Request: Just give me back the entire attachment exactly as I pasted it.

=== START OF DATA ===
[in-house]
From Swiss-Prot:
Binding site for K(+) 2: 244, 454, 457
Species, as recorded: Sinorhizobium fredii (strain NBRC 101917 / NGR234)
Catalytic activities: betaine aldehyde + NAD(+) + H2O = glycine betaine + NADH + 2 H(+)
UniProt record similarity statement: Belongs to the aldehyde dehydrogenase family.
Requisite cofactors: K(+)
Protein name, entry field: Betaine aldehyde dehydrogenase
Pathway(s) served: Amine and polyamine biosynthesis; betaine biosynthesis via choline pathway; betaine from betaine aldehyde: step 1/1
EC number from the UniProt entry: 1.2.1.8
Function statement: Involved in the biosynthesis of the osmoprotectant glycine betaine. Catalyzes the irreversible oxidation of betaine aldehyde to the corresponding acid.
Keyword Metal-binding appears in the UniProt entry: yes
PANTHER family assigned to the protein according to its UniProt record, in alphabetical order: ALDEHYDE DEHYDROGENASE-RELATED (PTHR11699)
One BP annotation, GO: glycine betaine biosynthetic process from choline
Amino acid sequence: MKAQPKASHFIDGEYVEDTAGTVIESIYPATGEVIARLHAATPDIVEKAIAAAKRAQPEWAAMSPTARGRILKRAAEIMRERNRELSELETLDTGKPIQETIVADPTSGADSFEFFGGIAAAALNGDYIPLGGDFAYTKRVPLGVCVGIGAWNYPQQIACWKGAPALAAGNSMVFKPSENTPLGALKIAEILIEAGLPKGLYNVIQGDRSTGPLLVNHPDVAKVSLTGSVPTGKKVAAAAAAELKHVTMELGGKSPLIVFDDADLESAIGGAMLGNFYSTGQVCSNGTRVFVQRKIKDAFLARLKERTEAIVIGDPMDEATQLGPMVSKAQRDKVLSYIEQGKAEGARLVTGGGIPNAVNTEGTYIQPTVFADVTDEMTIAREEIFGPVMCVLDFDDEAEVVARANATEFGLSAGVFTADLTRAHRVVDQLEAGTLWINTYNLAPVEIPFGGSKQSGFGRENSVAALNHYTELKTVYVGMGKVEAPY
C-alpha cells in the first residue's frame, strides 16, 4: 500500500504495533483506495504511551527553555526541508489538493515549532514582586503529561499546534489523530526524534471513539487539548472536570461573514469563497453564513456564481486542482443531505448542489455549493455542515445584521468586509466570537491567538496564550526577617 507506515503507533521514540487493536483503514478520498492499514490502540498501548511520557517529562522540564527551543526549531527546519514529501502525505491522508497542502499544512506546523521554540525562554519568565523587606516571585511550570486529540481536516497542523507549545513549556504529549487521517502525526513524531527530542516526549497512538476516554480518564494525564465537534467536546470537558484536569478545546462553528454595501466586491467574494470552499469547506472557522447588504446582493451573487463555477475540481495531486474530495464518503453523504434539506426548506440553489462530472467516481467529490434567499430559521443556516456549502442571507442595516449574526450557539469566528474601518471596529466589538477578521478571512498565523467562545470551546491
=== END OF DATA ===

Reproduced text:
[in-house]
From Swiss-Prot:
Binding site for K(+) 2: 244, 454, 457
Species, as recorded: Sinorhizobium fredii (strain NBRC 101917 / NGR234)
Catalytic activities: betaine aldehyde + NAD(+) + H2O = glycine betaine + NADH + 2 H(+)
UniProt record similarity statement: Belongs to the aldehyde dehydrogenase family.
Requisite cofactors: K(+)
Protein name, entry field: Betaine aldehyde dehydrogenase
Pathway(s) served: Amine and polyamine biosynthesis; betaine biosynthesis via choline pathway; betaine from betaine aldehyde: step 1/1
EC number from the UniProt entry: 1.2.1.8
Function statement: Involved in the biosynthesis of the osmoprotectant glycine betaine. Catalyzes the irreversible oxidation of betaine aldehyde to the corresponding acid.
Keyword Metal-binding appears in the UniProt entry: yes
PANTHER family assigned to the protein according to its UniProt record, in alphabetical order: ALDEHYDE DEHYDROGENASE-RELATED (PTHR11699)
One BP annotation, GO: glycine betaine biosynthetic process from choline
Amino acid sequence: MKAQPKASHFIDGEYVEDTAGTVIESIYPATGEVIARLHAATPDIVEKAIAAAKRAQPEWAAMSPTARGRILKRAAEIMRERNRELSELETLDTGKPIQETIVADPTSGADSFEFFGGIAAAALNGDYIPLGGDFAYTKRVPLGVCVGIGAWNYPQQIACWKGAPALAAGNSMVFKPSENTPLGALKIAEILIEAGLPKGLYNVIQGDRSTGPLLVNHPDVAKVSLTGSVPTGKKVAAAAAAELKHVTMELGGKSPLIVFDDADLESAIGGAMLGNFYSTGQVCSNGTRVFVQRKIKDAFLARLKERTEAIVIGDPMDEATQLGPMVSKAQRDKVLSYIEQGKAEGARLVTGGGIPNAVNTEGTYIQPTVFADVTDEMTIAREEIFGPVMCVLDFDDEAEVVARANATEFGLSAGVFTADLTRAHRVVDQLEAGTLWINTYNLAPVEIPFGGSKQSGFGRENSVAALNHYTELKTVYVGMGKVEAPY
C-alpha cells in the first residue's frame, strides 16, 4: 500500500504495533483506495504511551527553555526541508489538493515549532514582586503529561499546534489523530526524534471513539487539548472536570461573514469563497453564513456564481486542482443531505448542489455549493455542515445584521468586509466570537491567538496564550526577617 507506515503507533521514540487493536483503514478520498492499514490502540498501548511520557517529562522540564527551543526549531527546519514529501502525505491522508497542502499544512506546523521554540525562554519568565523587606516571585511550570486529540481536516497542523507549545513549556504529549487521517502525526513524531527530542516526549497512538476516554480518564494525564465537534467536546470537558484536569478545546462553528454595501466586491467574494470552499469547506472557522447588504446582493451573487463555477475540481495531486474530495464518503453523504434539506426548506440553489462530472467516481467529490434567499430559521443556516456549502442571507442595516449574526450557539469566528474601518471596529466589538477578521478571512498565523467562545470551546491